Old sports venues more than history
The gymnasium at Booth Memorial High School in St. John’s can only be called a throwback.
It’s a place steeped in history and walking into the venerable gymnasium is like taking a step through time.
It’s weathered hardwood floor, pullout wooden bleachers and old-style rims remind spectators of the days when players wore short shorts and high socks accompanied by Chuck Taylor sneakers.
Every squeak of sneakers reminds you of days gone by.
Every squeak of sneakers reminds you of days gone by. One can only imagine the great basketball games had between parking lot rivals the Booth Braves and the Bishops Barons over the years.
You have to marvel at the space that has stood the test of time. It is capable now, as it was when it was first built, to handle top-flight athletics. Its cramped space gives it that feeling.
It is a feeling that’s hard to describe. All you know is that you love it.
The cramped sidelines, fans breathing down your neck and the smaller court are things that just make the games feel better inside those four walls.
Athletes become inspired just because they’re playing in the old gym. Sure, the new gym is nicer, but the old one has character.
The same can be said for Bishops. Next season, St. John’s sports fans will lose both of those historic gyms when the new school is finished. They’ll lose the rivalry too, but that’s another story for another time.
Turning our attention homeward, we’ll likely be doing the same thing in a couple of years. The well-preserved gym at St. Francis in Harbour Grace, along with the S.W. Moores Memorial Stadium in the same community, are two such venues that we will eventually end up saying so long.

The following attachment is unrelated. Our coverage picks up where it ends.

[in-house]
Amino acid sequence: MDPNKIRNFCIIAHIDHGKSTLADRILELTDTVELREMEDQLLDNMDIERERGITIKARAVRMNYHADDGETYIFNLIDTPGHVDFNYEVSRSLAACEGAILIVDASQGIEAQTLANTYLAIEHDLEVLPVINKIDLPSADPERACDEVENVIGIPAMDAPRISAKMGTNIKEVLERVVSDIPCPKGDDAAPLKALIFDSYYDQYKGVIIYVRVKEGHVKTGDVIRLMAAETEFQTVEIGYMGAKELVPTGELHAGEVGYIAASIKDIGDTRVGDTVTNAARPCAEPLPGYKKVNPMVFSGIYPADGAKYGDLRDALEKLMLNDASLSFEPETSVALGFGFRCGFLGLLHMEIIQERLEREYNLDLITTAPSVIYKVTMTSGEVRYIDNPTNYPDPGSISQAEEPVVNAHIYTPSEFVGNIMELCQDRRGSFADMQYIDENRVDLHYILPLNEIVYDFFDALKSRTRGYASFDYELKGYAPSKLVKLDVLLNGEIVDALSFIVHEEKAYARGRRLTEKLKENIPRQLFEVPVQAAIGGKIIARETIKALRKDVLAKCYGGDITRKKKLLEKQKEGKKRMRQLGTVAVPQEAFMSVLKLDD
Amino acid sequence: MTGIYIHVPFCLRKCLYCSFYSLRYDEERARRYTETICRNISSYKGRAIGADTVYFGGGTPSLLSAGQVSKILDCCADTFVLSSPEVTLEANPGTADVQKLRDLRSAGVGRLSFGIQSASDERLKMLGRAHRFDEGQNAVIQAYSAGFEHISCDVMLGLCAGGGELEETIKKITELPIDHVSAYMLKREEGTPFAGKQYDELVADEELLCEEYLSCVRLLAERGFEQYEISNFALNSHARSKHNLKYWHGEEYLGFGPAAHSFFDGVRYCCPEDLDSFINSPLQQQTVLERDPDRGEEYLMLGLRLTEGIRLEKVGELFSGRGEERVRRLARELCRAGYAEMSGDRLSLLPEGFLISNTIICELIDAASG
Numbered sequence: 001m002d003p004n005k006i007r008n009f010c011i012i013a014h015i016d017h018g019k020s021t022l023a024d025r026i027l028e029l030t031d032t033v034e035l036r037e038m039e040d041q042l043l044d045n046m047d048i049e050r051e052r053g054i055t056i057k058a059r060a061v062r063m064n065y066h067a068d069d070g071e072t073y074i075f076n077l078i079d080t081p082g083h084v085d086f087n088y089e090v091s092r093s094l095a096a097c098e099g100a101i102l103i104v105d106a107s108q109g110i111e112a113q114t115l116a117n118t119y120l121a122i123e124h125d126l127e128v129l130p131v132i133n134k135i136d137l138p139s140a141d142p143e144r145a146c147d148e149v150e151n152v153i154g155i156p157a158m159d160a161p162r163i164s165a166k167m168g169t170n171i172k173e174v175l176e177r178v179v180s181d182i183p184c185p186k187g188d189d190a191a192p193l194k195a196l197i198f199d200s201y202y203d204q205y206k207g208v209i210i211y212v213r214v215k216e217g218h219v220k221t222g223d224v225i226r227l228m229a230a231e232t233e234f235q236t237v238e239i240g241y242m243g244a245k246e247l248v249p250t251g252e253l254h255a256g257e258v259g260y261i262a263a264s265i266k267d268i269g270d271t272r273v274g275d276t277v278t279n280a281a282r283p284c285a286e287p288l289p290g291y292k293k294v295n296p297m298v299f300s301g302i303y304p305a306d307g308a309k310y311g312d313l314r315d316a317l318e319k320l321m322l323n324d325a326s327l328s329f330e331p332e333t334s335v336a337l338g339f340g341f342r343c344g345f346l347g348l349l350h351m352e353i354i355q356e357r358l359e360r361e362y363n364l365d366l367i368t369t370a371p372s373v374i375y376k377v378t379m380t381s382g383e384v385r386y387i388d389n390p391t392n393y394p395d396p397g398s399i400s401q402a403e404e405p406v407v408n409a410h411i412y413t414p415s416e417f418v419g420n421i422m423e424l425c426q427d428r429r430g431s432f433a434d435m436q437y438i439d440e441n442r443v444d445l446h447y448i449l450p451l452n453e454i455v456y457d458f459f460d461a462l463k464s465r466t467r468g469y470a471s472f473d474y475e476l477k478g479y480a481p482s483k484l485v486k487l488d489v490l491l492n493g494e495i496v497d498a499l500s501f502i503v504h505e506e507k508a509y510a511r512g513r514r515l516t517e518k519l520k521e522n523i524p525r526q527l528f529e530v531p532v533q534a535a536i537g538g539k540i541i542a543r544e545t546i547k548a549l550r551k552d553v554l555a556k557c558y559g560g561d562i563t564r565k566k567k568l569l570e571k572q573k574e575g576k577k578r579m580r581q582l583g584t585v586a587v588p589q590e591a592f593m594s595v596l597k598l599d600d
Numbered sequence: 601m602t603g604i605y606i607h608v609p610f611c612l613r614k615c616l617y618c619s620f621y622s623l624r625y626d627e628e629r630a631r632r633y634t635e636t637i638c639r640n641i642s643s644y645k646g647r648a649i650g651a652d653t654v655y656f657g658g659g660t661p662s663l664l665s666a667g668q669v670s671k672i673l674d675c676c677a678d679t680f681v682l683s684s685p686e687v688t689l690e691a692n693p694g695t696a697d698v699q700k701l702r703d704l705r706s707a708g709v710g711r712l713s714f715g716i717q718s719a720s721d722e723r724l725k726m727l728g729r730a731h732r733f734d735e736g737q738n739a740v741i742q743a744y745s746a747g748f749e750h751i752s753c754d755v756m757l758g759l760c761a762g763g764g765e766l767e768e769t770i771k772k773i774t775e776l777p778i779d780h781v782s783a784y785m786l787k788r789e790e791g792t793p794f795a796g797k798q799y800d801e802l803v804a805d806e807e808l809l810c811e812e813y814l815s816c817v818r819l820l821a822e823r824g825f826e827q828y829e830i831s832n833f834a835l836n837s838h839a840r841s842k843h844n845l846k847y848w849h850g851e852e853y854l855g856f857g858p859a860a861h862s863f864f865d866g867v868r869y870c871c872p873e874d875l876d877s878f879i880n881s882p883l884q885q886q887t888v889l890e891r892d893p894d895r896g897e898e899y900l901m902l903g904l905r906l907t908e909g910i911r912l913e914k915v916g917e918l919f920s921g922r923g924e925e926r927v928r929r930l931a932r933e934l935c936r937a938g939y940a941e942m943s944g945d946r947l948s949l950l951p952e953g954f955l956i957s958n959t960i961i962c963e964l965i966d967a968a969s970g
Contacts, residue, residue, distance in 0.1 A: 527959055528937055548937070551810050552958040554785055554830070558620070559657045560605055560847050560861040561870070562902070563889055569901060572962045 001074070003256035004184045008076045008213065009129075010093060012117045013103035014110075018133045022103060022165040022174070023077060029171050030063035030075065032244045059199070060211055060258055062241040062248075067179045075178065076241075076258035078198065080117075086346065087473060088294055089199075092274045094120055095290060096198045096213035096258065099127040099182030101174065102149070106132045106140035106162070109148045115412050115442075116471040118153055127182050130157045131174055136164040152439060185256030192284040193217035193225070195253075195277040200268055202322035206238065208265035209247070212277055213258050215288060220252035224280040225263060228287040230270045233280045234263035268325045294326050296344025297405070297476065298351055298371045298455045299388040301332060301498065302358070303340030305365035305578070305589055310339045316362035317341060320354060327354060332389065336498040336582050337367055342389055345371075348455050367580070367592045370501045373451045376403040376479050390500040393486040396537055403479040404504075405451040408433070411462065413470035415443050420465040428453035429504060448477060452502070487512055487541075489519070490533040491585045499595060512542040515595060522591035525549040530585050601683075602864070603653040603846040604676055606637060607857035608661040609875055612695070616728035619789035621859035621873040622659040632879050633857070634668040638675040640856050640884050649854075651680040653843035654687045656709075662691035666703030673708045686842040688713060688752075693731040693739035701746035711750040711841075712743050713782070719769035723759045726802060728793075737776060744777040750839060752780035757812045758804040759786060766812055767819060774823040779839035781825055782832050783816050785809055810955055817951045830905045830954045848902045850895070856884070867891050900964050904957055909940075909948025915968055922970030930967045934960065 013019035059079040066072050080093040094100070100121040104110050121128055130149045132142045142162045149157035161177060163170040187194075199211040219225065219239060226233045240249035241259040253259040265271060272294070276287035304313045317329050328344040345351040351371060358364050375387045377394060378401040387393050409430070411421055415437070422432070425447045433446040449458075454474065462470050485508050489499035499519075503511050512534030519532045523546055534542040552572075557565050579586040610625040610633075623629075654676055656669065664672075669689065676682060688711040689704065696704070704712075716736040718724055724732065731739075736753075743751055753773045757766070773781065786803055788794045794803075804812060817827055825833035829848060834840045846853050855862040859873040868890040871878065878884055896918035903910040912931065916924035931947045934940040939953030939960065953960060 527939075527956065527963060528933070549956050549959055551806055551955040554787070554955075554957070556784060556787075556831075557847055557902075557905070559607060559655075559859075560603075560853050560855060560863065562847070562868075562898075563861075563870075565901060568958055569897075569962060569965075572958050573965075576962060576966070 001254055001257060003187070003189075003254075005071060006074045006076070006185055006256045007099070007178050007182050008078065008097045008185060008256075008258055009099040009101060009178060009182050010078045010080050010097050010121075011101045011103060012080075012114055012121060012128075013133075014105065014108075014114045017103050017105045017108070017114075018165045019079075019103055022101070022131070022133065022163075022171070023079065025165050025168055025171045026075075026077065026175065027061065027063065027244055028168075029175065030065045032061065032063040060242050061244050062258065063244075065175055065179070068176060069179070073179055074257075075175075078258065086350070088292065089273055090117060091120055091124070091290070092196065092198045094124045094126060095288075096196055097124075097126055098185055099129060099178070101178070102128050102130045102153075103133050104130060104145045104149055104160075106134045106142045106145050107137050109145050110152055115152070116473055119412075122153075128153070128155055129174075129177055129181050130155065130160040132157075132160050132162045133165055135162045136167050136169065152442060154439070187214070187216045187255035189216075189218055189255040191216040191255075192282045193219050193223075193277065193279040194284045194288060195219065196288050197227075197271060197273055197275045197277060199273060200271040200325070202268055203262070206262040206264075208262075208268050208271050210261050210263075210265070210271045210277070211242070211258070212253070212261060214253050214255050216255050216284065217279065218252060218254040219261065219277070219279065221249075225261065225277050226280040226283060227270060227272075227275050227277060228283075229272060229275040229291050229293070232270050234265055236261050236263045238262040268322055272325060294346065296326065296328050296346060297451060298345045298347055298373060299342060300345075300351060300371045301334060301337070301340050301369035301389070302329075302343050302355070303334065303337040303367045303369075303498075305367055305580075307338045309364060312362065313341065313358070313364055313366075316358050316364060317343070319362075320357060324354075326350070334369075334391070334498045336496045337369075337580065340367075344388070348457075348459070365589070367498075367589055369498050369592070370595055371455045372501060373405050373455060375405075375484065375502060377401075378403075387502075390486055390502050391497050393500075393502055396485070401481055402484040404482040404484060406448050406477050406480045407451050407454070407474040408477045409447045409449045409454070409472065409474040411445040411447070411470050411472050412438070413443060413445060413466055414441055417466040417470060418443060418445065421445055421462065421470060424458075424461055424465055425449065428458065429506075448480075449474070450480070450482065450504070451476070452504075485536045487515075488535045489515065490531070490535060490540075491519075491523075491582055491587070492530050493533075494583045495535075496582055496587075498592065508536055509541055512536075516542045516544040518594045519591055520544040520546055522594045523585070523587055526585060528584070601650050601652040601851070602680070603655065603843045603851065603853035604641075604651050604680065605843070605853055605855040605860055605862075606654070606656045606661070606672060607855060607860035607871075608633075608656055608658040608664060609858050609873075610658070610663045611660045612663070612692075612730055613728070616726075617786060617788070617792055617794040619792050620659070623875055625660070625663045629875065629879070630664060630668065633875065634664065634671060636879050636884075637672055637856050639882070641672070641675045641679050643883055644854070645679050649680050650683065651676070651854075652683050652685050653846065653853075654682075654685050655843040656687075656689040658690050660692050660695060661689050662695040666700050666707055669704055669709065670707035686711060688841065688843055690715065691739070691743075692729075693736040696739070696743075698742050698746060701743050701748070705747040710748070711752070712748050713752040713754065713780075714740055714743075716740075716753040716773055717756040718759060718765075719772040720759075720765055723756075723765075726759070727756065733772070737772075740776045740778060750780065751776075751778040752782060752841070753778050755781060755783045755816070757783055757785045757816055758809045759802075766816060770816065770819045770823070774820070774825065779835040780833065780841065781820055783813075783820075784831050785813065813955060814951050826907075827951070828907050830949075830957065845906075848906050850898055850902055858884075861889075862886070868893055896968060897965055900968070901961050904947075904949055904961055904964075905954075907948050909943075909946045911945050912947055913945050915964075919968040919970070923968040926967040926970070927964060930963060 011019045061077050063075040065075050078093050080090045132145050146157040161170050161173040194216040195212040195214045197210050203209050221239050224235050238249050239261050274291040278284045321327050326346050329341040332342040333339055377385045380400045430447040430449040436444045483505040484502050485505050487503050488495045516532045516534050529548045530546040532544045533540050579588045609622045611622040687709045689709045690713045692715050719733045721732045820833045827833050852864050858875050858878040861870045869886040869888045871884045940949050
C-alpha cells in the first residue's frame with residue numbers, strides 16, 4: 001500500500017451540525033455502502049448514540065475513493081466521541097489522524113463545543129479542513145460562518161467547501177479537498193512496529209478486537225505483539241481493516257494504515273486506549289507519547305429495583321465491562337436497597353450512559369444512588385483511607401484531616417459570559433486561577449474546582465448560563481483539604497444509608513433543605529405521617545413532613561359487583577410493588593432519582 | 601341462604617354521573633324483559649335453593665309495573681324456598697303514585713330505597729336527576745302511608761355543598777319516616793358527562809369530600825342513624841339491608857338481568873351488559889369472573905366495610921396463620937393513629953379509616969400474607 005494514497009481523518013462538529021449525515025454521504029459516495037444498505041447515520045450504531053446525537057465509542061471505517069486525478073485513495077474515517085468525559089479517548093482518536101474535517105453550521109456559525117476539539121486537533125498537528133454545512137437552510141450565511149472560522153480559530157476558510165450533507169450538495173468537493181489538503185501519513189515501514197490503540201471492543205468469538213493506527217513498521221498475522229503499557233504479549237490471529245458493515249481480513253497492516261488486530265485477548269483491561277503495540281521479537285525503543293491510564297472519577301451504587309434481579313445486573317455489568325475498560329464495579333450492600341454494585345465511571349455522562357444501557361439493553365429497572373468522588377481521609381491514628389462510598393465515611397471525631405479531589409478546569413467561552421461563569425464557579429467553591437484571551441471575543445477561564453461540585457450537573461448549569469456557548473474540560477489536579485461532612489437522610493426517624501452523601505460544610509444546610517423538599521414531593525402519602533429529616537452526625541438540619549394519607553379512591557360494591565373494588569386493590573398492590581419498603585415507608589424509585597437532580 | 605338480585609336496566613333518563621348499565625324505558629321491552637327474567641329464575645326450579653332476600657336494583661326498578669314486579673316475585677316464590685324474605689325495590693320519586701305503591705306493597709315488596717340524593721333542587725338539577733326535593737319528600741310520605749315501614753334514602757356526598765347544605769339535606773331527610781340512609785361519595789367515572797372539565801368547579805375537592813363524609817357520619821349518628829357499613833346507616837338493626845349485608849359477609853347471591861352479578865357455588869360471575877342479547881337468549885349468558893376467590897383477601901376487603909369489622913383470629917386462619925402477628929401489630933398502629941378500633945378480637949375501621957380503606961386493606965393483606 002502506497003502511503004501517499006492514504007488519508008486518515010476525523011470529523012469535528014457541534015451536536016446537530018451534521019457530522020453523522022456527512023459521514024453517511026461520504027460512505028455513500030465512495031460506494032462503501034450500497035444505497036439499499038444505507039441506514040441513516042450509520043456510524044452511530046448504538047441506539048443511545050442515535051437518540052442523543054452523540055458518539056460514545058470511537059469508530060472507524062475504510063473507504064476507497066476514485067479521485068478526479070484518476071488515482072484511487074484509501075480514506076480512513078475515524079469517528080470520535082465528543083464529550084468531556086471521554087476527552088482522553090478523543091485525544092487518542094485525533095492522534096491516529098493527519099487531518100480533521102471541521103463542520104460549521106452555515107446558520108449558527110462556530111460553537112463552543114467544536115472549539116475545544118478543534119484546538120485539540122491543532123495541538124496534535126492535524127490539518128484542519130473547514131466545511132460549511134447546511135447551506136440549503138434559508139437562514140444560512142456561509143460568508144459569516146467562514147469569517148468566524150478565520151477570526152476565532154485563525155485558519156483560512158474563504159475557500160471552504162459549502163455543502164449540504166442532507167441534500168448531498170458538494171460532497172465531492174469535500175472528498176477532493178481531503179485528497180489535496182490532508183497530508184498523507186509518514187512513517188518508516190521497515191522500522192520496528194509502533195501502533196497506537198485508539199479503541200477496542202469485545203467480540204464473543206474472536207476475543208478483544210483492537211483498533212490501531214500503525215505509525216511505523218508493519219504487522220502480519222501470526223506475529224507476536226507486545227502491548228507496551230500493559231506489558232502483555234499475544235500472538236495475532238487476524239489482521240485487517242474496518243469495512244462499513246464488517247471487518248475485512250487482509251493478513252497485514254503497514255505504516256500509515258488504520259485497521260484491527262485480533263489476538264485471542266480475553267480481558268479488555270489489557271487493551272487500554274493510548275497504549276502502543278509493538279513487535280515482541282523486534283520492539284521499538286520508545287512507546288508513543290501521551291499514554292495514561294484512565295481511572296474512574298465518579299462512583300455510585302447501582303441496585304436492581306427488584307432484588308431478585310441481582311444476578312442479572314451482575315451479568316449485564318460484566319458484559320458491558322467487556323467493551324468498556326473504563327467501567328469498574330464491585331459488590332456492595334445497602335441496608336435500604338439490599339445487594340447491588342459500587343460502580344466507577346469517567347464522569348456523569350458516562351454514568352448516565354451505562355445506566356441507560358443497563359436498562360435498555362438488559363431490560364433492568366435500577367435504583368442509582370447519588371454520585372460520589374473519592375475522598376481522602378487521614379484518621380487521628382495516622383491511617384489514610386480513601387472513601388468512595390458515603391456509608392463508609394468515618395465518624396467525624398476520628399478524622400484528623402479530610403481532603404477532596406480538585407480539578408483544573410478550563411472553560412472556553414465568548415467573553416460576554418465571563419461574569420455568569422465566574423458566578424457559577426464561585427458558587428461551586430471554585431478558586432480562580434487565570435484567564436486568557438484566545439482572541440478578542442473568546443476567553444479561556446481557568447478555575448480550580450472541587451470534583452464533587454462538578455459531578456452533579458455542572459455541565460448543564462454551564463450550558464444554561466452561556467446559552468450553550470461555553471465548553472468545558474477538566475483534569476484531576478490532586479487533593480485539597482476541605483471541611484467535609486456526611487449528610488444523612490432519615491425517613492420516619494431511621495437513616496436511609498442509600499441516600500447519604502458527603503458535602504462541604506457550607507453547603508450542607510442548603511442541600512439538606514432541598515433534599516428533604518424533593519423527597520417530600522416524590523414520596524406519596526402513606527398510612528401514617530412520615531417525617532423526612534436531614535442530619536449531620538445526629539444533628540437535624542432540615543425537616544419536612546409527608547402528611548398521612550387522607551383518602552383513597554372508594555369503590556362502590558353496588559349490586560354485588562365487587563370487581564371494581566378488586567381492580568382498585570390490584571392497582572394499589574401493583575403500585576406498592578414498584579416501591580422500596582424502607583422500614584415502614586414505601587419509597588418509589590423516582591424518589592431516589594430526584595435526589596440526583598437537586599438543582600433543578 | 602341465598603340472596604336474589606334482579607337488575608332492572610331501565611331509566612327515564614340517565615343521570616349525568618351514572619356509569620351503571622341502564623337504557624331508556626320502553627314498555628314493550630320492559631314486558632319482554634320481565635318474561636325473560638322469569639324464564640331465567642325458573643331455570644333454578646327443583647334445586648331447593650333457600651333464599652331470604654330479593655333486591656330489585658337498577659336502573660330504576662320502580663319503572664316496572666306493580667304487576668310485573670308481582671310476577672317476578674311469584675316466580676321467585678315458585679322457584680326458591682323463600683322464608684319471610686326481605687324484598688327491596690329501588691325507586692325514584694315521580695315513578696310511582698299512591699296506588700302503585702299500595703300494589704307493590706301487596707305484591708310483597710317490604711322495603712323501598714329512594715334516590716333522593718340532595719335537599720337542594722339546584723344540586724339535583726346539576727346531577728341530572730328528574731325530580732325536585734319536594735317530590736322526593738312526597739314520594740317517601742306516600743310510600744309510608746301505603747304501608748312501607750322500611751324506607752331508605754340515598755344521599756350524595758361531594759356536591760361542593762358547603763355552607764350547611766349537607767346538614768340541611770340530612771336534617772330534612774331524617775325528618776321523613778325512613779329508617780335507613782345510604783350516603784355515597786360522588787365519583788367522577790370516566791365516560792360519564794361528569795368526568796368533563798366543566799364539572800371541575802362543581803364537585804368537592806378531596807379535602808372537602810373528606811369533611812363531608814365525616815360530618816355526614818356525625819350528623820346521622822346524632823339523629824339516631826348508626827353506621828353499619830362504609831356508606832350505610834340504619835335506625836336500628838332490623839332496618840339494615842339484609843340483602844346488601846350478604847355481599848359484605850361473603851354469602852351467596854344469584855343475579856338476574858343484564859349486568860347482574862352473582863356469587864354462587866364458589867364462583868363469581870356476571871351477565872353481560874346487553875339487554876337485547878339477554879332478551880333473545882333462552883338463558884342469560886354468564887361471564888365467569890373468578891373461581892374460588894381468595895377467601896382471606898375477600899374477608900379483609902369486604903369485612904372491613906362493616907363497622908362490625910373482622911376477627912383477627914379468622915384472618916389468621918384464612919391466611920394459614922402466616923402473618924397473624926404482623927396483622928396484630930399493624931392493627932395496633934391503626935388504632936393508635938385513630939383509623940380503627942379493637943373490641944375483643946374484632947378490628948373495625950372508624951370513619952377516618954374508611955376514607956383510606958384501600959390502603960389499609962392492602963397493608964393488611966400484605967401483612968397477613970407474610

The S.W. Moores has seen it all when it comes to hockey in this province. Herder finals, professional players and minor hockey have all had their opportunities to shine in the 50-year-old arena.
At times, it seems every corner of the rink holds a different story featuring Alex Faulkner, Keith Delaney or Jim Penney. The rivalry between Ascension Collegiate in Bay Roberts and St. Francis bubbled there in front of fans that literally hung from the rafters.
The gymnasium at St. Francis is not close — as far as I know — to shutting its doors for good. And, that is welcome news.
Old venues like the ones in Harbour Grace are more than pieces of the community. Over time, they’ve woven themselves into the fabric of the area. They’ve become pieces of history in themselves.
Every memory, good or bad, adds itself to that history. They are more than just buildings. In some instances, they are living organisms.
They facilitate new memories amongst younger players. They add to the already impressive story being told by those places.
When we lose them, you can’t get them back. Sure, the memories remain with you, but they’re a bit more faded.